Bears Be Common — truly wild poem from 2001

NJ WILD was my first nature blog.  My readers know how very much I celebrate any aspect of wild in our beleaguered, overpopulated state.  My heart rejoiceth that bears have been seen in the Pine Barrens, near Chatsworth.  I well know the three roads where the sightings happened, experiencing a delightful frisson whenever I am in ‘bear country’.  Now, the Packet has banished/vanished NJWILD, but I had saved this sample and found it today for NJWILDBEAUTY readers.

In the fall, I believe October 6 and 7, there were Bear Sighting signs at the Keefe Road entry to my neighboring preserve, the Pole Farm.  Friends and I, unbeknownst to one another, each returned twice a day, hoping, hoping…  Of course, the bear sighting signs were supposed to have the opposite effect…

Nonetheless, this poem came to me in a potent year, and I share it with you, to remind you just what WILD really means!

If I ever publish a book of the 2001 poems, its title shall be, “Most Fierce in Strawberry Time.”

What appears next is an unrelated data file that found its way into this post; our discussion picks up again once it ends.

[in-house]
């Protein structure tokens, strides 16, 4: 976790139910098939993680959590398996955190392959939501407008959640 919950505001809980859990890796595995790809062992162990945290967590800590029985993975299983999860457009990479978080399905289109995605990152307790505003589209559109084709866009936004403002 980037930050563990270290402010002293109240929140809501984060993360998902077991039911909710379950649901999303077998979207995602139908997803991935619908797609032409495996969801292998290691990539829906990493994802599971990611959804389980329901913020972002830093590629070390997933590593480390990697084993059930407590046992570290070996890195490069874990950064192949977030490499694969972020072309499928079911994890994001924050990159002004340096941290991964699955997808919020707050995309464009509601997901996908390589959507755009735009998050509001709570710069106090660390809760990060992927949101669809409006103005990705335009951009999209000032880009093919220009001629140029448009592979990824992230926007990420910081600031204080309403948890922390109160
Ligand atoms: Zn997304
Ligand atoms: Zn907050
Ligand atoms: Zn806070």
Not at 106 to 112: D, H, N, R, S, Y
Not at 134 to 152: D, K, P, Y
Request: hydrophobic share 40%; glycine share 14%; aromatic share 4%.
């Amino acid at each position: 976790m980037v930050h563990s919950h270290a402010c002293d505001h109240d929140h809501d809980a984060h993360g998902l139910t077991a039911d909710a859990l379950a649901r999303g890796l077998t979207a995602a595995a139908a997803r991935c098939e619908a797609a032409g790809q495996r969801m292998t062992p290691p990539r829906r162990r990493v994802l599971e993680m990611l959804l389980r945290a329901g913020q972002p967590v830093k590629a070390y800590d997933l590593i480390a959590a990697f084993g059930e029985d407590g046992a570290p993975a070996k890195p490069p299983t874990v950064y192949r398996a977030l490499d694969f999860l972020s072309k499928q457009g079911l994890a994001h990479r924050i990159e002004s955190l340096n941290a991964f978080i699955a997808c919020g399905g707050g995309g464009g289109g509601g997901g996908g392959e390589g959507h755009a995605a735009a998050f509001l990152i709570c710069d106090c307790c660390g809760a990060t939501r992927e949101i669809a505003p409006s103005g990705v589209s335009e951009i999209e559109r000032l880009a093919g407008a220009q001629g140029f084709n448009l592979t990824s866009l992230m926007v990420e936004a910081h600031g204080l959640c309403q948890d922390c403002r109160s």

Bears, They Be Common…

“…for bears, they be common, being a great black kind of bear

                                    which be most fierce in strawberry time…”   William Wood, 1630

so early English readers

learn of wildlife in our land:

of squirrels so troublous to corn

that husbands (Wood means farmers)

carry their cats to the cornfields

hearns are herons, eel-devouring

eagles known as gripes

wolves bear no joint from head to tail

none but Indians may catch beaver

to hunt turkey, follow tracks in snow

but skip cormorants – rank and fishy

owls taste better than partridge

Wood limns the Indian game:

riding the bear over

watery plain, until

he can bear him no longer

then engaging in a cuffing match

Wood gives short shrift to omens

save cranes in faminous winters

in my starveling time

a Nebraska sandhill crane’s been sighted

in nearby Lawrenceville

yet I cannot sight

my own rare Love

whose first eagle we discovered

gripping a glowering pine

after tracking the great hearns

with and without eels

we were untroubled

by jointless wolf, fishy cormorants

at dusk we would ride the black bear

over meadow and plain

kicking with eager heels

as he splashed into inky bogwater

we held no cuffing match

yet he is elusive as Wood’s beaver

cannot be tracked, even in freshest snow

now I shall be most fierce

in strawberry time

CAROLYN FOOTE EDELMANN

March 10, 2001

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